It's easy to envisage other universes, governed by slightly different laws of physics, in which no intelligent life, nor indeed any kind of organized complex systems, could arise. Should we therefore be surprised that a universe exists in which we were able to emerge?
That's a question physicists including me have tried to answer for decades. But it is proving difficult.
Although we can confidently trace cosmic history back to one second after the Big Bang, what happened before is harder to gauge. Our accelerators simply can't produce enough energy to replicate the extreme conditions that prevailed in the first nanosecond.
But we expect that it's in that first tiny fraction of a second that the key features of our Universe were imprinted.
The conditions of the Universe can be described through its "fundamental constants" – fixed quantities in nature, such as the gravitational constant (called G) or the speed of light (called C). There are about 30 of these representing the sizes and strengths of parameters such as particle masses, forces or the Universe's expansion.
But our theories don't explain what values these constants should have. Instead, we have to measure them and plug their values into our equations to accurately describe nature.
The values of the constants are in the range that allows complex systems such as stars, planets, carbon and ultimately humans to evolve. Physicists have discovered that if we tweaked some of these parameters by just a few percent, it would render our Universe lifeless.
The fact that life exists therefore takes some explaining.
Some argue it is just a lucky coincidence. An alternative explanation, however, is that we live in a multiverse, containing domains with different physical laws and values of fundamental constants.
Most might be wholly unsuitable for life. But a few should, statistically speaking, be life-friendly.
What is the extent of physical reality? We're confident that it's more extensive than the domain that astronomers can ever observe, even in principle.
That domain is definitely finite. That's essentially because, like on the ocean, there's a horizon that we can't see beyond. And just as we don't think the ocean stops just beyond our horizon, we expect galaxies beyond the limit of our observable Universe.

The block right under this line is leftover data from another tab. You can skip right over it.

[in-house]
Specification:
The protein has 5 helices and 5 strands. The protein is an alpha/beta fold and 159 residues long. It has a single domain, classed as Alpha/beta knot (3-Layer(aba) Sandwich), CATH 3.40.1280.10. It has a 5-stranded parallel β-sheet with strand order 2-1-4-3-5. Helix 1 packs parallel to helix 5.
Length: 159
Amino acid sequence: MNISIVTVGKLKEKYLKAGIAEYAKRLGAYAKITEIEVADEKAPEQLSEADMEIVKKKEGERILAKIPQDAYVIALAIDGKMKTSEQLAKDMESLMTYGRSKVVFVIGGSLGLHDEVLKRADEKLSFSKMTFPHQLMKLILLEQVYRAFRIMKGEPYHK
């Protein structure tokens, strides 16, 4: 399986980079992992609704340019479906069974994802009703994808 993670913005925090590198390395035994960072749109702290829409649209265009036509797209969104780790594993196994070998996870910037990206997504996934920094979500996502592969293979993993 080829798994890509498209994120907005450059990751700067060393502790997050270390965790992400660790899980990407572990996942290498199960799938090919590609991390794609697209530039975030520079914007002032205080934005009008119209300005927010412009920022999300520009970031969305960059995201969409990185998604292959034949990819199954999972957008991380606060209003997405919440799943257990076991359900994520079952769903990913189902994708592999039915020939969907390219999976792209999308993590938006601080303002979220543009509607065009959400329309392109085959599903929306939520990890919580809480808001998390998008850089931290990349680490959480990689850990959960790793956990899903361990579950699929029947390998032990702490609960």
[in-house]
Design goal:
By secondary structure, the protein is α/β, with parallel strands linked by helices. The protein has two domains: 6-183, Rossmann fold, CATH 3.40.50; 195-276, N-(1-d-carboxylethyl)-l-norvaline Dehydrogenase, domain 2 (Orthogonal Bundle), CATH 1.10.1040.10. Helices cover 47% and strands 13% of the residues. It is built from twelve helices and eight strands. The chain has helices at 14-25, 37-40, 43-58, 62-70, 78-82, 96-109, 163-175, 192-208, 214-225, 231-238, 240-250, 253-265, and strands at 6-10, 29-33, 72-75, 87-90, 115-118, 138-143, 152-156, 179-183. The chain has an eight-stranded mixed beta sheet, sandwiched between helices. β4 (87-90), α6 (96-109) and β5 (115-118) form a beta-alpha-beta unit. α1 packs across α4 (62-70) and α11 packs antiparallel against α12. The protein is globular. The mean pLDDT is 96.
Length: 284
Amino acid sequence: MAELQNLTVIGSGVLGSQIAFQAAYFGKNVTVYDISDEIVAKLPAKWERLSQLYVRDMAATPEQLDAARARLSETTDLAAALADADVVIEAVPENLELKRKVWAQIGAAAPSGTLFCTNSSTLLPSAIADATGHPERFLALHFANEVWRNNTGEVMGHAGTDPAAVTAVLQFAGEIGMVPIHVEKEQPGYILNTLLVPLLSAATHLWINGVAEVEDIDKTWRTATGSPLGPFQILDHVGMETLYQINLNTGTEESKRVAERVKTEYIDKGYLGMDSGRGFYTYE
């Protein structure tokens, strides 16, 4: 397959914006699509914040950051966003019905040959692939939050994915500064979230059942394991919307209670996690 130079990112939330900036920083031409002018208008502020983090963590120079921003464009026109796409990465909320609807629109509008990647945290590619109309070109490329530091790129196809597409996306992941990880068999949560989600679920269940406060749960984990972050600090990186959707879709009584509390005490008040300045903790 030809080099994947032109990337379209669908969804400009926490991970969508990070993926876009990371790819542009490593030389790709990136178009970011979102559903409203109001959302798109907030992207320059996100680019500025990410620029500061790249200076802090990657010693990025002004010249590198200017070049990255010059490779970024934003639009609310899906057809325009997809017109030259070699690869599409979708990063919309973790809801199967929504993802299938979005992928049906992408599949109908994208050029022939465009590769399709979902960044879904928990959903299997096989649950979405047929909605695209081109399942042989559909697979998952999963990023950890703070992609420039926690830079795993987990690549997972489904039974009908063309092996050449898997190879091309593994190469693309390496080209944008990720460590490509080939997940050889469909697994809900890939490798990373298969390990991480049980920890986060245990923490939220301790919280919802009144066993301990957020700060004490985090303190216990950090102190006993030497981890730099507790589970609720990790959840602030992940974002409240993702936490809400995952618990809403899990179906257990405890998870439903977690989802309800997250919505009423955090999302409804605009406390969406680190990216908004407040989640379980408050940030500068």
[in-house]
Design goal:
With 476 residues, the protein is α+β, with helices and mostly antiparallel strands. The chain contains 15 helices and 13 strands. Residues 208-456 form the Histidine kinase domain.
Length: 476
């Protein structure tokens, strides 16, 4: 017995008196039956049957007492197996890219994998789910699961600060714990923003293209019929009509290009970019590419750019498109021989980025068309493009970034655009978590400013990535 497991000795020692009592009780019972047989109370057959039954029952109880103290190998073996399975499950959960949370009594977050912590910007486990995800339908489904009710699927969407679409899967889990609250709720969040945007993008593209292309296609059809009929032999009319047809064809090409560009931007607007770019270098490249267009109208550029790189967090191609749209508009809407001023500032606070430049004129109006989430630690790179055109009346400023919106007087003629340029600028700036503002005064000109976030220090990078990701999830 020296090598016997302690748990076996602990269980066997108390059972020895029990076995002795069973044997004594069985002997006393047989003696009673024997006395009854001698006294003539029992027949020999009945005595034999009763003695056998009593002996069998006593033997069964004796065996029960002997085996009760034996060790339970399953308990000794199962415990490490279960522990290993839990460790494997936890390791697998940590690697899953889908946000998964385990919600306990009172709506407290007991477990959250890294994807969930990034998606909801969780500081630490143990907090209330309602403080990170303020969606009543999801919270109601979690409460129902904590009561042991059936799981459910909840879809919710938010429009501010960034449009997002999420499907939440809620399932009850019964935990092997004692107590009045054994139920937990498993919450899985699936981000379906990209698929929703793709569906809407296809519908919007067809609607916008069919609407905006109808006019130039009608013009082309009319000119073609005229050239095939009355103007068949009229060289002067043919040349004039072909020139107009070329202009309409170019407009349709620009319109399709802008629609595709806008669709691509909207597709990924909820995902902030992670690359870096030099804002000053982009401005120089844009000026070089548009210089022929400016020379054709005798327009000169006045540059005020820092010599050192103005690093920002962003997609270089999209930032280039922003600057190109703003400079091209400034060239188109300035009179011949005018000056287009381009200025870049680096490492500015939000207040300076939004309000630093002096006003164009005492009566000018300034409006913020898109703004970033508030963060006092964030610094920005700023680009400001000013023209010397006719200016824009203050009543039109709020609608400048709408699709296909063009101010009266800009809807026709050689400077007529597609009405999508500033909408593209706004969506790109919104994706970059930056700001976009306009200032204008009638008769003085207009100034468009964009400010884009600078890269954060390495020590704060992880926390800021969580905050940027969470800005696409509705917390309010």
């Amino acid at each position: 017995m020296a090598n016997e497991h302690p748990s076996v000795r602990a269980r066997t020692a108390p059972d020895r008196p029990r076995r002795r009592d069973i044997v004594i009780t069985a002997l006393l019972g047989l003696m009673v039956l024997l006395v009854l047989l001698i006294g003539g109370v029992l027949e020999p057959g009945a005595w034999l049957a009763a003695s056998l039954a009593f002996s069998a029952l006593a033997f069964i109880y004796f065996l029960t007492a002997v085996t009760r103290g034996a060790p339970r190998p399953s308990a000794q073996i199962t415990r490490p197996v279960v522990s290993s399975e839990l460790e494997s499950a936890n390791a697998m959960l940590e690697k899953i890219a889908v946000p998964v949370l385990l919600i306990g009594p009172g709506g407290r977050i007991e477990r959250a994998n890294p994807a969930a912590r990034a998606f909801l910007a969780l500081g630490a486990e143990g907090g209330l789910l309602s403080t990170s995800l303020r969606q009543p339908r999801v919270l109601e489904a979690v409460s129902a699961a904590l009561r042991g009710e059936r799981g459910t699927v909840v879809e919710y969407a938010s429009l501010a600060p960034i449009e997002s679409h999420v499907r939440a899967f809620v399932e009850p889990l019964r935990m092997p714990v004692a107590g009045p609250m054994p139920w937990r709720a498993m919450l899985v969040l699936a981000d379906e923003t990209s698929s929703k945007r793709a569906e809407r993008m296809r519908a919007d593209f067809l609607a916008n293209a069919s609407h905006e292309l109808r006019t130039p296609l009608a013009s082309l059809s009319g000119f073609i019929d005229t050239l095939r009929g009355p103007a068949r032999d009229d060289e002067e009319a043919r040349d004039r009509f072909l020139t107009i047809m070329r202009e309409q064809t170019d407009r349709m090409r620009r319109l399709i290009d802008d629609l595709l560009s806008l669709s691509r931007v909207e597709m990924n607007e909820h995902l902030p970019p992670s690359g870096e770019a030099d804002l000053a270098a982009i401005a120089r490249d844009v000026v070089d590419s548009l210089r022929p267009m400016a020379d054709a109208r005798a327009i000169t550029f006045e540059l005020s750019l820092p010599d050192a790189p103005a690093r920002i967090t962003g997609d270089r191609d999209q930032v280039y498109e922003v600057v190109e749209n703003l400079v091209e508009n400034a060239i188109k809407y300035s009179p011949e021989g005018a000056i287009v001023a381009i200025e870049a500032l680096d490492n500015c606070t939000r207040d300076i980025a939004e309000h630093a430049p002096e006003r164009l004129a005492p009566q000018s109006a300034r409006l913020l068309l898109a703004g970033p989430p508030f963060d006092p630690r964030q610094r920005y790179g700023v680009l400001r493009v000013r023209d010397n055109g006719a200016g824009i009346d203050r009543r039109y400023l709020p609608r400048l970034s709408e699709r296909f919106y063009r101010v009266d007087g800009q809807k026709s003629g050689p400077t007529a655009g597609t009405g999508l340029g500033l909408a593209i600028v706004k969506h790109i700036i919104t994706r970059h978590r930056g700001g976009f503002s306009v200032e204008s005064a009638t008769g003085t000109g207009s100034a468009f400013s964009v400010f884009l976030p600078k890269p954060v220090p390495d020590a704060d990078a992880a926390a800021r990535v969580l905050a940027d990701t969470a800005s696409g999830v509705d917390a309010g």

In our accelerating Universe, our remote descendants will also never be able to observe them.
Most physicists would agree there are galaxies that we can't ever see, and that these outnumber the ones we can observe. If they stretched far enough, then everything we could ever imagine happening may be repeated over and over. Far beyond the horizon, we could all have avatars.
This vast (and mainly unobservable) domain would be the aftermath of "our" Big Bang – and would probably be governed by the same physical laws that prevail in the parts of the universe we can observe. But was our Big Bang the only one?
The theory of inflation, which suggests that the early Universe underwent a period when it doubled in size every trillionth of a trillionth of a trillionth of a second has genuine observational support. It accounts for why the Universe is so large and smooth, except for fluctuations and ripples that are the "seeds" for galaxy formation.
But physicists including Andrei Linde have shown that, under some specific but plausible assumptions about the uncertain physics at this ancient era, there would be an "eternal" production of Big Bangs – each giving rise to a new universe.
String theory, which is an attempt to unify gravity with the laws of microphysics, conjectures everything in the Universe is made up of tiny, vibrating strings. But it makes the assumption that there are more dimensions than the ones we experience.
These extra dimensions, it suggests, are compacted so tightly together that we don't notice them all. And each type of compactification could create a universe with different microphysics – so other Big Bangs, when they cool down, could be governed by different laws.